While running with Jess on Monday, she asked about knitting a face warmer to wear while running. She has some machine washable merino in the stash that she wanted to use… It is interesting that we don’t think about using a fiber like wool for “performance” wear. In fact, our soldiers abroad have been put in Underarmour label long johns and helmet liners, made from the amazing wicking fabric that most of us wear when we work out or go to yoga class. Man-made fibers offer us some really cool properties (like the Mazuno gloves that I own that get hotter as you sweat in them…which is just odd, but who am I to judge. They keep my hands warm.)
But man-made isn’t always better. The helmet liner event that I am partnering on this month (Saturday from 2-5 pm at Rustico, Maj. Gen. Douglas Stone will be with us again!) is part of a larger movement of knitters to provide our soldiers with wool, rather than acrylic, helmet liners. The military issued items melt when under extreme temperatures and will actually stick to the soldier’s body. You can imagine why this might be a problem for a soldier. The Marines recently banned the polyester and nylon based items for this reason. (read more about it here.) Now don’t get me wrong. My Underarmour running underwear provide all sorts of wonderfulness for someone running in excess of 30 miles a week, but I have to wonder…what did we do before synthetics?
Now back to knitting. You may have heard me give my yarn speech before. Certainly, if you took my beginner knitting class, you have heard it. I don’t knit with 100% acrylic fiber. Mostly because I hate the way it feels and “squeeks.” I think it is appropriate for certain types of projects (like dog sweaters!). IMHO it should not be used for baby items as it melts and sticks to the skin in extreme heat or fire. Unfortunately, it is affordable and machine washable and is often what is resorted to for baby items. But there are so many wonderful properties of animal fibers.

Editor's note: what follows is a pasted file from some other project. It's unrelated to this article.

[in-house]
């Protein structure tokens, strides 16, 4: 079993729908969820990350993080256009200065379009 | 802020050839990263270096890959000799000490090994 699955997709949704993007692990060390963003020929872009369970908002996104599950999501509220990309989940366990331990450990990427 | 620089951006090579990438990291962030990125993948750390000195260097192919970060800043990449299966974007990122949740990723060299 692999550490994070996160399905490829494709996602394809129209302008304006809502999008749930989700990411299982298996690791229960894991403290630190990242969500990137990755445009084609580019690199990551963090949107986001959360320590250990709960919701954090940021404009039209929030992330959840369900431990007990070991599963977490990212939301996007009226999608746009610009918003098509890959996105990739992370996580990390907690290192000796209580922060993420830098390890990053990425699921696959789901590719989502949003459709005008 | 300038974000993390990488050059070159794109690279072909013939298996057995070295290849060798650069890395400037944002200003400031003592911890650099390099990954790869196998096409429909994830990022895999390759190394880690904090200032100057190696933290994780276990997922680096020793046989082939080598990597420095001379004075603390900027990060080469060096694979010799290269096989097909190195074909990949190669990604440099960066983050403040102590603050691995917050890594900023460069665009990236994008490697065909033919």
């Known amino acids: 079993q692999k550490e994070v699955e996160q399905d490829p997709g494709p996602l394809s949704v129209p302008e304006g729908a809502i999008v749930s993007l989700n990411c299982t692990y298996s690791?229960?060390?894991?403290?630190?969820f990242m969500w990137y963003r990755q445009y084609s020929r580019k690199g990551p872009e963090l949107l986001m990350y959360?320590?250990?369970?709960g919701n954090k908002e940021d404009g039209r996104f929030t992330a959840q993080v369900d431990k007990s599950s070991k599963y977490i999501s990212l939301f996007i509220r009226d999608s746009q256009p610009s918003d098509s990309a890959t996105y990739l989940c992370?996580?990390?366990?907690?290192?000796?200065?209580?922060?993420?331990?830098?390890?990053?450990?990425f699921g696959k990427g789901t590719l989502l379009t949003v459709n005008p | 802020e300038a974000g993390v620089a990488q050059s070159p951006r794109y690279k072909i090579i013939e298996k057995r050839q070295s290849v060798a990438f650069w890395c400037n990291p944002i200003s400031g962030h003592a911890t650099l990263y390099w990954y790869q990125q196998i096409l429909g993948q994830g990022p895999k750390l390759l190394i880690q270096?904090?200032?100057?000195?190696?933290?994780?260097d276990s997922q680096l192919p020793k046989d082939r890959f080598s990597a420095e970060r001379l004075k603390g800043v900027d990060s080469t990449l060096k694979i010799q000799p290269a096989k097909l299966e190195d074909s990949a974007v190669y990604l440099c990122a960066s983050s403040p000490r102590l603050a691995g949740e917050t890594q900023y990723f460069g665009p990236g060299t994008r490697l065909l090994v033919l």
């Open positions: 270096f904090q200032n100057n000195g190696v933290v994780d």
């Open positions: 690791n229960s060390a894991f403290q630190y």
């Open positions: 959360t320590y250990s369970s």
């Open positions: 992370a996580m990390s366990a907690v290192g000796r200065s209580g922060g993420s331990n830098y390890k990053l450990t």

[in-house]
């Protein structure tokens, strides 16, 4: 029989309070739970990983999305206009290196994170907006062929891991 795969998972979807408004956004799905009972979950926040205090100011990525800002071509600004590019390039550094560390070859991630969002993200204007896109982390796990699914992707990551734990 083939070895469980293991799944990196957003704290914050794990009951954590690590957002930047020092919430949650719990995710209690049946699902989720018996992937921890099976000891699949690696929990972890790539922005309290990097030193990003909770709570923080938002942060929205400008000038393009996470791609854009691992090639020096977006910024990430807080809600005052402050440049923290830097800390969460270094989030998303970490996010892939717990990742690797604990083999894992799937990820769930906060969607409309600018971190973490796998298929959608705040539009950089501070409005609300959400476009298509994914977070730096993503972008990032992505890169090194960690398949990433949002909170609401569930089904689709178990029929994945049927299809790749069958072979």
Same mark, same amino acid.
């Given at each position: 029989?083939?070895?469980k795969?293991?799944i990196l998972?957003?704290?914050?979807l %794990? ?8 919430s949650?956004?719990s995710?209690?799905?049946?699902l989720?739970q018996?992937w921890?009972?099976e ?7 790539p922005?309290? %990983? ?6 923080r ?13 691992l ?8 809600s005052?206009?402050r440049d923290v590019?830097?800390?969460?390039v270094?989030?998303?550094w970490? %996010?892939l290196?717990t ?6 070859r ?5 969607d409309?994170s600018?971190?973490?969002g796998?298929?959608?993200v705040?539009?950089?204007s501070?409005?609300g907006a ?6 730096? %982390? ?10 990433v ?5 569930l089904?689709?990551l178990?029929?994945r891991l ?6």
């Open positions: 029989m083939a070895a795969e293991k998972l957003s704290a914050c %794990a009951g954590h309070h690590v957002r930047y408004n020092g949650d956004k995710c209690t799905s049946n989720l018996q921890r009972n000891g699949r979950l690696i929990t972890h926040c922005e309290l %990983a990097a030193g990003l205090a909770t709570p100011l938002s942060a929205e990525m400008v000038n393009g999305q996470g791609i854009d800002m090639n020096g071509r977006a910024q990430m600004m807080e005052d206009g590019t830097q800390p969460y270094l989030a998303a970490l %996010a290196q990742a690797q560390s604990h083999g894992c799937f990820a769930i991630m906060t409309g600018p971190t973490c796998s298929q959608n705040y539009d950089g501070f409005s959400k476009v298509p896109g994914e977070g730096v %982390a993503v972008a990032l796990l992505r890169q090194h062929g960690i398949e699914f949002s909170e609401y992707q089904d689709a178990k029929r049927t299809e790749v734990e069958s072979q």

Wool and alpaca have a wonderful wicking ability. When they get wet, they move moisture away from the skin while keeping you dry. (sounds kinda like the Underarmour, doesn’t it?) If you worry about wool being too scratchy for a baby, try merino wool. They are softer, often machine washable and will provide a great deal more warmth for baby than acrylic or cotton fibers. If cost is an issue, stock up on baby colors when local yarn shops have big sales. Often, these are the colors that don’t sell well anyway!
So in the end, Jess and I decided that her merino would make a wonderful facemask for running. If you ever finishes it, I will be sure to post some photos here.